Last month, we talked about how you can personalize your online home with a custom domain. Another way to customize your site? Colors. Bold, rich, bright colors. And you’re in luck! With a Custom Design upgrade, you can select the colors for your site, from ready-made color palettes to your own handpicked combinations.
To get a feel for how you can update your site’s color scheme, let’s take a look at a few blogs on WordPress.com using Custom Colors:
Jennie CreatesHow did you decide on this color palette and background image for Jennie Creates?
I chose this particular palette because the combination of red and teal is pleasing to the eye, and with the punch of orange, it’s even better. The cream color serves as a nice buffer against the bold colors, and brown is a great color choice for text. Black is boring and blue feels sterile, but brown is warm, sharp, and still readable. My background pattern gives me a desired “stained glass” effect. It’s busy, but not distracting, which is just what I wanted to complement the white space.Do you have tips for users considering the Custom Colors feature?
If you aren’t able to paint the walls of your home in your favorite colors, at least put those colors on your blog. I’d encourage any serious blogger to customize her blog to fit her personality. It reflects the mood of your blog, and the time of year or season of life you’re in. The Custom Colors feature guides you through recommended color options so you don’t wind up with shades that don’t match. You can go bold without going nuts.Pixi Wishes and Forehead Kisses
Pixi Wishes and Forehead KissesHow did you decide on this color palette and background image for Pixi Wishes and Forehead Kisses?
The inspiration behind my color scheme came from a photograph from a fashion shoot in a magazine, where the photographer used pink smoke bombs. I played around with watercolor and smoke brushes in Photoshop to find the shades of pink I liked, which became the foundation for my custom header. Layering the brush imprints created darker and lighter areas, so I used the eyedropper tool to extract some of the darker shades and created mock palettes from which I chose the shade for my social media icons. I pair these shades of pink with black text — which make my titles and headings visible — and a white background, which prevents the overall design from being distracting and allows my posts to be the focus.Do you have tips for users considering the Custom Colors feature?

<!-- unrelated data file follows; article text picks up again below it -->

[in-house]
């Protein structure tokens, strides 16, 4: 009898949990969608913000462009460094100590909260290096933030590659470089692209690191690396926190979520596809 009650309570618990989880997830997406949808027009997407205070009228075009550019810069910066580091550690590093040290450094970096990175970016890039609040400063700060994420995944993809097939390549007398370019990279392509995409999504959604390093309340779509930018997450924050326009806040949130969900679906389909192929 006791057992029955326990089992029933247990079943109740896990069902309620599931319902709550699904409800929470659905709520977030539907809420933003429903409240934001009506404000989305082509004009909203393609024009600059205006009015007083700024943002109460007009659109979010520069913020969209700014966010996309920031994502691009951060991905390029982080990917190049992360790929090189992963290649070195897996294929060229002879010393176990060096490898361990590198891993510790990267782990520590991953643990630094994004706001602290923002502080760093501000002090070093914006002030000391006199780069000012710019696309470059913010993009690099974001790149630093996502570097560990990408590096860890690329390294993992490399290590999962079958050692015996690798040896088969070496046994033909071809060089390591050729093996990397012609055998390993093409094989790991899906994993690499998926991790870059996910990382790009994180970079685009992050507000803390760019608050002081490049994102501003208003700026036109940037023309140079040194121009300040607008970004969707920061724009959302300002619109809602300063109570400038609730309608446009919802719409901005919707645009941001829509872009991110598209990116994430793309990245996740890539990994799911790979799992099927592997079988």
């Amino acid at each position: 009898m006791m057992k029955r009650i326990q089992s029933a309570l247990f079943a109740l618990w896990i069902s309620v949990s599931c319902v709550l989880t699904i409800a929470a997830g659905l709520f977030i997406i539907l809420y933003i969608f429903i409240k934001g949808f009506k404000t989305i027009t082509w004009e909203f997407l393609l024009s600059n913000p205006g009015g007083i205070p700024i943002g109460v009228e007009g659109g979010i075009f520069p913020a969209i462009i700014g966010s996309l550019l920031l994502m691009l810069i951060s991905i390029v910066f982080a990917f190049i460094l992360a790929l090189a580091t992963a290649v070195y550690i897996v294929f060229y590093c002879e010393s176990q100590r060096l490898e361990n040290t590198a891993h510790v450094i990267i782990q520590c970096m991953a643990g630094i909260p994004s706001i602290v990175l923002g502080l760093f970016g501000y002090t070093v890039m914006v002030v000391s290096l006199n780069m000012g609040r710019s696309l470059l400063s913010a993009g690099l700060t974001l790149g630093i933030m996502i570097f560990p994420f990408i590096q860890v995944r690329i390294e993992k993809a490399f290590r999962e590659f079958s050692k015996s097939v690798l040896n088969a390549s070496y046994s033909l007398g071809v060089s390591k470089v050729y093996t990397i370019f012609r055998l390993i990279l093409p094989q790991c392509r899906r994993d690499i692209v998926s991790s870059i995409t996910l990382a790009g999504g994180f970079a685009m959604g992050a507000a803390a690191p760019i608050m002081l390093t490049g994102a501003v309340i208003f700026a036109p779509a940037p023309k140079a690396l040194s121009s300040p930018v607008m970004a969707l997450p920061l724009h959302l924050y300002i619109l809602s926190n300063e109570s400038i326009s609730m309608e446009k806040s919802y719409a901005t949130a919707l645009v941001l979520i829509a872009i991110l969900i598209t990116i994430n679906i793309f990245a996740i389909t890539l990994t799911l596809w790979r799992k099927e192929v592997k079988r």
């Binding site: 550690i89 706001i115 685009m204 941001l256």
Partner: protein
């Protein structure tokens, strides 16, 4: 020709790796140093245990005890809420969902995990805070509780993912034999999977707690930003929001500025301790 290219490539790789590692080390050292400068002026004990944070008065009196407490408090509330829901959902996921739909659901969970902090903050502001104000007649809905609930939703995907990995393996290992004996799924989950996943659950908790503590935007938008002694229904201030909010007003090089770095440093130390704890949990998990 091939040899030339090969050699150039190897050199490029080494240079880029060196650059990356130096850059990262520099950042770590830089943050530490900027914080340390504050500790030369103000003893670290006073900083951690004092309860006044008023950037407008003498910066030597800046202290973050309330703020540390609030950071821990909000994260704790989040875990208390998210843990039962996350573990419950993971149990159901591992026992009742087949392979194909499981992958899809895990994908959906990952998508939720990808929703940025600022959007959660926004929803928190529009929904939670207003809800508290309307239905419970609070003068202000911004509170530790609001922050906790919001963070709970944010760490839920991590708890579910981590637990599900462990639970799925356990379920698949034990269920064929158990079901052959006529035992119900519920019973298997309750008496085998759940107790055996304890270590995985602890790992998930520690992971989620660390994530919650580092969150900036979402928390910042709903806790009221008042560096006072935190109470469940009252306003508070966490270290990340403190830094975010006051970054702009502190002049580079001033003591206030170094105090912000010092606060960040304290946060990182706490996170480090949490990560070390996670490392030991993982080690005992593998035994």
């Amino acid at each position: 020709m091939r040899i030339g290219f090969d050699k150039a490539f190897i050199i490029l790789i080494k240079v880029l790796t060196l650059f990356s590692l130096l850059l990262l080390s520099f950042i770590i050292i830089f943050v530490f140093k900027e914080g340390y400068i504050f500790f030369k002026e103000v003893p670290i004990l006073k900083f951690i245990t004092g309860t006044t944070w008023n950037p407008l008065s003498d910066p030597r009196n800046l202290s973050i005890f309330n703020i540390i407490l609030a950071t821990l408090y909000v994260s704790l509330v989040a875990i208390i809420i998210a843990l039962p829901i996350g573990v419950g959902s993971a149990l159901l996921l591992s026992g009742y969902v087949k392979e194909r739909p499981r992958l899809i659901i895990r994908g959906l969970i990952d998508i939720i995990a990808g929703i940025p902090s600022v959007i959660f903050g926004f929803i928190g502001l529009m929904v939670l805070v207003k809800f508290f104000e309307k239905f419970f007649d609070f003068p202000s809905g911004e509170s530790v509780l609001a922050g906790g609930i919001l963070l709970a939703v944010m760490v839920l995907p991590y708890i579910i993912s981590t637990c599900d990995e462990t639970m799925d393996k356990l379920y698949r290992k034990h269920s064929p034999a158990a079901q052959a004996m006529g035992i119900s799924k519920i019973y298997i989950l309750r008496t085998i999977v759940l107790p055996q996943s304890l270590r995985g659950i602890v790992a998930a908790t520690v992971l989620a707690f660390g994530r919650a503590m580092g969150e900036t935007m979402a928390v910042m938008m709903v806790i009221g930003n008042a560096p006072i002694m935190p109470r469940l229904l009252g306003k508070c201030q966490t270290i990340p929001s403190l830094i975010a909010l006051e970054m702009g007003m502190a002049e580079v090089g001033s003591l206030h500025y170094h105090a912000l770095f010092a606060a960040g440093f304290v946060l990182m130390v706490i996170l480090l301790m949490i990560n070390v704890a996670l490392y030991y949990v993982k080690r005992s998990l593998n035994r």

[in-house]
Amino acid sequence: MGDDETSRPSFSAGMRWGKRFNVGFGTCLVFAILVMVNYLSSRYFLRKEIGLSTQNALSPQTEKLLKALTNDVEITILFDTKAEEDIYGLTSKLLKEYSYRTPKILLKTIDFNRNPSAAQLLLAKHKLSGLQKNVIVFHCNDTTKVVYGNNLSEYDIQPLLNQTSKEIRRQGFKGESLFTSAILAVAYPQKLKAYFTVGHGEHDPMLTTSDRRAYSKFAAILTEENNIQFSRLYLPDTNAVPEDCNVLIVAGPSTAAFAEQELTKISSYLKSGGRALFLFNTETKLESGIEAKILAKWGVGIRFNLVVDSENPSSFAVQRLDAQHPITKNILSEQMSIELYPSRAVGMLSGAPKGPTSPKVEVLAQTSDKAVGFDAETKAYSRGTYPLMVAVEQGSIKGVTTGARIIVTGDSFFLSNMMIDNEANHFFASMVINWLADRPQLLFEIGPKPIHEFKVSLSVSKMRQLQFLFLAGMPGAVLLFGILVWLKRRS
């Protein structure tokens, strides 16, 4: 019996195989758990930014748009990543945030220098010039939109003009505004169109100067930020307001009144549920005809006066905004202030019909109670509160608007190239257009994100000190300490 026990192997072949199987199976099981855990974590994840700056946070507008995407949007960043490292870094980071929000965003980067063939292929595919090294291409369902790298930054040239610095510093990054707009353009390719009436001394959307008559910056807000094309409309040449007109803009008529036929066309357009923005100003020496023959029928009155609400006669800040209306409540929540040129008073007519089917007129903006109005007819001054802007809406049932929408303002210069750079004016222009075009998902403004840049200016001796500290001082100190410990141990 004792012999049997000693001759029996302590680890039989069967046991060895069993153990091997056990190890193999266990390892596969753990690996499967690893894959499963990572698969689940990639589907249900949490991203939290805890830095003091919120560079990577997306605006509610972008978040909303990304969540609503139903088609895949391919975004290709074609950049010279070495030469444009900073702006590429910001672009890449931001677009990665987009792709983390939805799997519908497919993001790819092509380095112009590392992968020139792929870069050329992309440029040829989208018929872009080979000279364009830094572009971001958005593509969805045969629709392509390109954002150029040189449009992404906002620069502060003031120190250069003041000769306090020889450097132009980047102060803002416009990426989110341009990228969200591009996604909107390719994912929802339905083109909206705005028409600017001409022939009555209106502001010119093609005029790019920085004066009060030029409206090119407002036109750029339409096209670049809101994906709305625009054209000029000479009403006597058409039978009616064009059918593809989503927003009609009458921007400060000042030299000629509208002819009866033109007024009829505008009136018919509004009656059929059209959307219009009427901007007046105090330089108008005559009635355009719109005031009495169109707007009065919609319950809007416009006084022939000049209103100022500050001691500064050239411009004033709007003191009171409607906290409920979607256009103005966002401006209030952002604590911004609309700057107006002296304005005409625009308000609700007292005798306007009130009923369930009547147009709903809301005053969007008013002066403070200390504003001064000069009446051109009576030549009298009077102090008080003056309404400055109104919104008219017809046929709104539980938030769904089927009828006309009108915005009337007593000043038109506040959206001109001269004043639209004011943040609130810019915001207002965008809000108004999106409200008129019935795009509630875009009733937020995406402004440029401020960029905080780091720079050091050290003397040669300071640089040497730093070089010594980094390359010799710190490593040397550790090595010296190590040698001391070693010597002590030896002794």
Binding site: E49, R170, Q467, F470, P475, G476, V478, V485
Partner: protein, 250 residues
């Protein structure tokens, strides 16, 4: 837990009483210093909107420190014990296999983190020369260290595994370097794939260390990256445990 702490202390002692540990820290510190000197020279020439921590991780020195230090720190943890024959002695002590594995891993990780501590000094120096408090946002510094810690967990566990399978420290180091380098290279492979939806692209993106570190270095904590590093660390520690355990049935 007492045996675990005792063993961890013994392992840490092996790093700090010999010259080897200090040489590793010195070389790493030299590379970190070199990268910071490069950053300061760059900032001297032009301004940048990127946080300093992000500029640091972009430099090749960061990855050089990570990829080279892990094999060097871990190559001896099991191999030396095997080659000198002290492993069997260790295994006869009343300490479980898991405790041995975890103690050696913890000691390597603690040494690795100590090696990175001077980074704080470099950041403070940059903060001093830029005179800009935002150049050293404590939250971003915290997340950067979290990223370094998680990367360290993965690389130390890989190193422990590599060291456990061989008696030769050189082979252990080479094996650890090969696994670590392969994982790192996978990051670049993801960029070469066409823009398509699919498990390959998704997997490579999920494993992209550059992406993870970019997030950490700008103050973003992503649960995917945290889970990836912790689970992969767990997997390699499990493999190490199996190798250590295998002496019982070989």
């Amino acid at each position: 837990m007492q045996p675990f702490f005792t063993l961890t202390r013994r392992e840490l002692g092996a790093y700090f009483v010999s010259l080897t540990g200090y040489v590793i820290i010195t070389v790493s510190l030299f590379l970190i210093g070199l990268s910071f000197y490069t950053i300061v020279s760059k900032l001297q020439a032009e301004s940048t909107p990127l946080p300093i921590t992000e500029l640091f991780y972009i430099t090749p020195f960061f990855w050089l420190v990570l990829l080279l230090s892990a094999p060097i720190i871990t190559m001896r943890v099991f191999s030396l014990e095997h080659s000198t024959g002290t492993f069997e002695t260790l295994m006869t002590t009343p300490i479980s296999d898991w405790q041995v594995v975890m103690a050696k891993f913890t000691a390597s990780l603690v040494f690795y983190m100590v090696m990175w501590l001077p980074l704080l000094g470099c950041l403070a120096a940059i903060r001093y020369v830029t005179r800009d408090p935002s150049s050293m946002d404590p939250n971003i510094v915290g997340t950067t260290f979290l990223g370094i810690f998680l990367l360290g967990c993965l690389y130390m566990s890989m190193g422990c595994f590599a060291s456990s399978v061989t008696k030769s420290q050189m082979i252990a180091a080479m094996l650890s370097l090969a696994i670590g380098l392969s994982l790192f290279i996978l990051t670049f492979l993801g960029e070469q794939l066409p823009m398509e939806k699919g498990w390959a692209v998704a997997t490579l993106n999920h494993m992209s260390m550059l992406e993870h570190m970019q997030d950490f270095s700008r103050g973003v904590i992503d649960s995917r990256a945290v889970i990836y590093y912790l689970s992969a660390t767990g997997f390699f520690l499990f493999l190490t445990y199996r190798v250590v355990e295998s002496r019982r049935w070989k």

Find inspiration from designs you love, whether on blogs, photographs, illustrations, or book and magazine layouts. Create mock color palettes and don’t be afraid to try various color schemes, patterns, and layouts. If you don’t like something, WordPress allows you to change it easily.
Don’t have too specific of an idea of how you want things to look, as great ideas often come from tangents.Nishita’s Rants and Raves
Nishita’s Rants and RavesHow did you decide on this color palette and background image for Nishita’s Rants and Raves?
I did a couple of trials with other custom color and background options before I decided on this current look. I am bad at coordinating colors, but the Custom Colors feature allowed me to choose from a palette of colors. Once I chose this palette, I saw and fell in love with a purplish background that appeared as an option. I love the rich color and detail in my pattern.Do you have tips for users considering the Custom Colors feature?
The Custom Design package, which includes Custom Colors, is worth the upgrade. It’s cool to tweak your blog to look just the way you want. The Custom Colors feature is easy and intuitive: you change the colors, then preview. If you don’t like it, you change it again. It’s great for non-designers. I could tweak the CSS to make these changes — which is also part of the Custom Design upgrade — but that’s more cumbersome for me. So, the Custom Colors feature makes this aspect of customization easy.
I’ve noticed not all themes work as well with this feature, such as more ”fixed-look” themes like Something Fishy, The Great Adventure, or A Simpler Time. Also, patterned backgrounds don’t suit themes that “absorb the background” in the post text (such as Coraline). In my opinion, solid, white, or black backgrounds work best for these.Preview Colors on Your Site
Want to try the Custom Colors feature? You can preview colors, right in your dashboard, before purchasing the Custom Design upgrade:
For more details, visit our Custom Colors support page, Custom Design support page, and the CSS Customization Forum. Or, if you’re ready to add splashes of color to your site, visit the Custom Design upgrade page.
We’ll continue to highlight more upgrades in the WordPress.com Store, so stay tuned.